Demographic changes can also interact with other factors to influence VMT. Historically, shifts in demographics coupled with economic changes have had major impacts on total travel. For example, the increasing number of women who entered the work force beginning in the 1970s—and added secondary incomes for their families—led to a rise in VMT that combined both economic activity and demographic changes. In the future, factors that influence VMT may merge in various ways that change long-term trends in U.S. travel demand.

Technological, Social, and Environmental Factors

Technological, social, and environmental factors also can influence VMT. Alternative modes of travel affect VMT to the degree that the population has access to substitutes for personal LDVs. The decision to choose a substitute travel option depends on cost in comparison to personal LDVs, convenience, personal preferences, and the availability of mass transit, rail, biking, and pedestrian travel service options. Other opportunities may also affect personal travel, including car-sharing services, car rental and taxi services, and carpooling.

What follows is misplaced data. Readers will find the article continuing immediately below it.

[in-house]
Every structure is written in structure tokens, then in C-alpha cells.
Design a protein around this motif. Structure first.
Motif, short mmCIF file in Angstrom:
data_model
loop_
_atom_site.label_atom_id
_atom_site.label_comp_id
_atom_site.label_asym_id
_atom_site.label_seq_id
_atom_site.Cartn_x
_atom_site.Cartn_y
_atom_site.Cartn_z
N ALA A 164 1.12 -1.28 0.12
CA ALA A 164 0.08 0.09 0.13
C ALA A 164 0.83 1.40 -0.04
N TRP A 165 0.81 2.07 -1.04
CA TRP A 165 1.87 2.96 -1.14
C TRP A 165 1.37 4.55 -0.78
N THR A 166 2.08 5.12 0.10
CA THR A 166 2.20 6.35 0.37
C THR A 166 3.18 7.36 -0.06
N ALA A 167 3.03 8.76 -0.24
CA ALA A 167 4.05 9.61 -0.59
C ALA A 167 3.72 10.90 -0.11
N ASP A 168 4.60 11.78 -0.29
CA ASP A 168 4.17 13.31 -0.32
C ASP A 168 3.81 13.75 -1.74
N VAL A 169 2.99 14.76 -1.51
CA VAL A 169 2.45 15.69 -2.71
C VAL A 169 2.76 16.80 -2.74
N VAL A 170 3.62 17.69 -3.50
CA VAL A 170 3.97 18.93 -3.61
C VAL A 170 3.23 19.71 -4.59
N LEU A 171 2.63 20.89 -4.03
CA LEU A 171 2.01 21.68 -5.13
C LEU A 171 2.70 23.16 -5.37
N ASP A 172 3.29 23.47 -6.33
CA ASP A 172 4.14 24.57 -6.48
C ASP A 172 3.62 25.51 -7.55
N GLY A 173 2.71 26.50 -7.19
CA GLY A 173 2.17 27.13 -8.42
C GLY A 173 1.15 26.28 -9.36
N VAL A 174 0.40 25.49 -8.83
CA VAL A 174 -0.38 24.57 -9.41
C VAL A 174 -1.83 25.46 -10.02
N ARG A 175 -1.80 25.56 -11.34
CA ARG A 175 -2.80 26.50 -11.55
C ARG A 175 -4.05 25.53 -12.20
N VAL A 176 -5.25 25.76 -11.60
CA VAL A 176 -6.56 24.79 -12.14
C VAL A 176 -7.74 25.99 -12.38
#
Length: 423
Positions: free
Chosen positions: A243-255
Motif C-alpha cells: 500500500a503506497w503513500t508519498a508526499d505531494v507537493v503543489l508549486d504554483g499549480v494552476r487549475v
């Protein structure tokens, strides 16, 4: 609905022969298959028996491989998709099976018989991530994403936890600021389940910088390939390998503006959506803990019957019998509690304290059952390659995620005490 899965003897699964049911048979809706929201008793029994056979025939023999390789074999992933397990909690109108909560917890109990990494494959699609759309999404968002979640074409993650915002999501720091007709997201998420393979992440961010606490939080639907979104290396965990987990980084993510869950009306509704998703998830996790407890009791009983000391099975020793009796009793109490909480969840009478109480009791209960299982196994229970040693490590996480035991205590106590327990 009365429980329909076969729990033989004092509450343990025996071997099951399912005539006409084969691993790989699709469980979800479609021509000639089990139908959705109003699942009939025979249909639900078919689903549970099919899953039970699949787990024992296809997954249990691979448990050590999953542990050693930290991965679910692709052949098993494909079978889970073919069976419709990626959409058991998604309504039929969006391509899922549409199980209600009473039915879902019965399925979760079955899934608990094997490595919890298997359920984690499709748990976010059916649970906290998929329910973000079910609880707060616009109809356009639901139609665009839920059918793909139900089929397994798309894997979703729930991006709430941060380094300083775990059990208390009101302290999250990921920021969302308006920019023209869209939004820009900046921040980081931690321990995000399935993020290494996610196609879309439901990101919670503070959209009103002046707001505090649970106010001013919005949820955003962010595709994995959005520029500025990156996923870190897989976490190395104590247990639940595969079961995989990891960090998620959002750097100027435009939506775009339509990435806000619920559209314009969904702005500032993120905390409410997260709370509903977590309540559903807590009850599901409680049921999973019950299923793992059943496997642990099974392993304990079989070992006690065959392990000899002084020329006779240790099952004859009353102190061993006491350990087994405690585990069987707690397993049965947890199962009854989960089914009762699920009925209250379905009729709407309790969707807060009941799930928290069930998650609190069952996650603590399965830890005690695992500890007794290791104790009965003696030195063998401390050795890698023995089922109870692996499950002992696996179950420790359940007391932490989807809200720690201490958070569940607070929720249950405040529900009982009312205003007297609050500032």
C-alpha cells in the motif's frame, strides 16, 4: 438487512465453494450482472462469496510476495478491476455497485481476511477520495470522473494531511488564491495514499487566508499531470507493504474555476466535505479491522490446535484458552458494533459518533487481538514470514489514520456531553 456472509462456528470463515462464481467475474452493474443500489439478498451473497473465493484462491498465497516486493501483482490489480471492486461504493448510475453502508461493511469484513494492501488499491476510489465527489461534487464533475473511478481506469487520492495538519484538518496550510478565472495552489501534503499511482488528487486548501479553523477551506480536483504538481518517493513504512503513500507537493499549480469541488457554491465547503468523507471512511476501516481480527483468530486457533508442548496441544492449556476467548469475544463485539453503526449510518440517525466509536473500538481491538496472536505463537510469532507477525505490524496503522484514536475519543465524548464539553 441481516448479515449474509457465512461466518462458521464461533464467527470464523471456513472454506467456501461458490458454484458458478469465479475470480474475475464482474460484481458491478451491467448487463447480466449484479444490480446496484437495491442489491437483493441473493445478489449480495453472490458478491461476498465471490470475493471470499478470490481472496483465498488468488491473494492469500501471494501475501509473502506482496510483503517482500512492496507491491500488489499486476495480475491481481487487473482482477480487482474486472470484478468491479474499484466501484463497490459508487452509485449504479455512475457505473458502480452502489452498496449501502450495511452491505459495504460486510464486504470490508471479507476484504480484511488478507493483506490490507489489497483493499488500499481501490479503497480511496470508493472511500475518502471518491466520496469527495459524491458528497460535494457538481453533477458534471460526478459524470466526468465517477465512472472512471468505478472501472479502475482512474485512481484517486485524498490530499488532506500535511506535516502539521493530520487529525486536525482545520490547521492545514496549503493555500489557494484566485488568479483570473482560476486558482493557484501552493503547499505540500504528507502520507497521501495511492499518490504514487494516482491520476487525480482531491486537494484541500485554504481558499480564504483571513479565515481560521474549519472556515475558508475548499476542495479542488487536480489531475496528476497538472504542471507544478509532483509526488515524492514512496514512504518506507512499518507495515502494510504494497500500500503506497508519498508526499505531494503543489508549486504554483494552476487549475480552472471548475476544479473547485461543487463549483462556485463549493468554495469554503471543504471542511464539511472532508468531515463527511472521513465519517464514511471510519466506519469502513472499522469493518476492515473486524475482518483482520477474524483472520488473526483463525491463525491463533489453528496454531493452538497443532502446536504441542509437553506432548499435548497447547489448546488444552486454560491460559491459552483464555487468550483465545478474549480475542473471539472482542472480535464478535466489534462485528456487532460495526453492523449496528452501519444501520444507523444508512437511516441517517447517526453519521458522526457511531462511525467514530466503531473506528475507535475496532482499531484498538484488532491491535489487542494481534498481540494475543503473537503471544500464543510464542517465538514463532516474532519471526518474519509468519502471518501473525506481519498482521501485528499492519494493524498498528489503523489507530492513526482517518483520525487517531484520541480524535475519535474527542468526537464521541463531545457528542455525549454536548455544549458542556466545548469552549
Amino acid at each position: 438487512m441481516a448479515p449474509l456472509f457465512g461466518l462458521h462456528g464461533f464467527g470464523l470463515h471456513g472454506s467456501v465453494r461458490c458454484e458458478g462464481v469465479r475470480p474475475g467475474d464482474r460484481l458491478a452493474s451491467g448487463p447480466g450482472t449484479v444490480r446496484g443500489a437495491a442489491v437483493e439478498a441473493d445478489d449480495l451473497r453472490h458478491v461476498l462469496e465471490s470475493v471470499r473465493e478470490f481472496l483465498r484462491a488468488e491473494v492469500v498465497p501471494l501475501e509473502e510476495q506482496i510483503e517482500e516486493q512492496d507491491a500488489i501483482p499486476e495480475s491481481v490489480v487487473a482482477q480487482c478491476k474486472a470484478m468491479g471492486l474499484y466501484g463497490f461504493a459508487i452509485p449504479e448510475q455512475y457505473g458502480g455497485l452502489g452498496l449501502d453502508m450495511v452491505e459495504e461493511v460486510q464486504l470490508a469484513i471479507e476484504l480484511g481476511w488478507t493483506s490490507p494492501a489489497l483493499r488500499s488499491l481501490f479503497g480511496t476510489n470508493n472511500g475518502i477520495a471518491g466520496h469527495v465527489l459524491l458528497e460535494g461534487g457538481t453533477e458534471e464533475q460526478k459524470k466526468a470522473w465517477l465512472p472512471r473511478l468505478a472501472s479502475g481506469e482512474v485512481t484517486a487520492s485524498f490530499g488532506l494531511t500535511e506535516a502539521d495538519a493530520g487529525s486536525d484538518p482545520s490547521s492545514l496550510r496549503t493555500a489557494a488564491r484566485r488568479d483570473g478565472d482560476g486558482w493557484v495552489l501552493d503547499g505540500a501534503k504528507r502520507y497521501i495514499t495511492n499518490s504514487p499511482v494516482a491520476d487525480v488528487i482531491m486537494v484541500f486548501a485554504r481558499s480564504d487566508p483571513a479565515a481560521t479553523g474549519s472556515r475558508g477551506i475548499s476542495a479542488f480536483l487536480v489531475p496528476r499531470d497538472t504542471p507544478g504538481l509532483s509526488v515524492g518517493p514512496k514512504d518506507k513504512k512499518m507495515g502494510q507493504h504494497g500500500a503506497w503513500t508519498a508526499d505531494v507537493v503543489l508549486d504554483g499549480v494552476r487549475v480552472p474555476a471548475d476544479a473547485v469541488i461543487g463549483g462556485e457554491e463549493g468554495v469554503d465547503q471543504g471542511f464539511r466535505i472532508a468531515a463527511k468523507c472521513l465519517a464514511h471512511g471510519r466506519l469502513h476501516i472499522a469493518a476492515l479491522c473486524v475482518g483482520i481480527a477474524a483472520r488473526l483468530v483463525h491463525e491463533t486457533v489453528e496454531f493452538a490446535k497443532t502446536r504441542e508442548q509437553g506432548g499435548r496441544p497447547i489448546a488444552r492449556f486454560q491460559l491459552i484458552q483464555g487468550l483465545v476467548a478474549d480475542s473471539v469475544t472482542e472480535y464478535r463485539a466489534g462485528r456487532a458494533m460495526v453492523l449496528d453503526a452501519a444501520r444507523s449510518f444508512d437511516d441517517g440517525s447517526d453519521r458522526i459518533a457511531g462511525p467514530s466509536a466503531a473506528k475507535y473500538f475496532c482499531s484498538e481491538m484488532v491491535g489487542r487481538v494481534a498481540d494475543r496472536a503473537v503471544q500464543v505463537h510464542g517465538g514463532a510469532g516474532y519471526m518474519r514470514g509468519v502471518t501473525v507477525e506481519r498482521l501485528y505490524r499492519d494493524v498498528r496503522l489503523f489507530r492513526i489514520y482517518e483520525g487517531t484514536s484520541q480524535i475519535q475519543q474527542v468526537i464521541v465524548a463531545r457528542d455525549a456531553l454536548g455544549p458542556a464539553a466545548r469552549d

Technological changes and improvements can also affect VMT. The increasing fuel efficiency of LDVs can influence personal travel by lowering the marginal cost of driving per mile. As vehicle efficiency improves, individuals can drive the same distance with less fuel and therefore at a lower cost, which may result in an increase in VMT. In recent analyses supporting the promulgation of new final fuel economy and greenhouse gas emissions standards for LDVs in model years 2017 through 2025, the National Highway Traffic Safety Administration (NHTSA) and the U.S. Environmental Protection Agency (EPA) applied a 10% rebound in VMT to reflect the lower fueling costs of more efficient vehicles [7].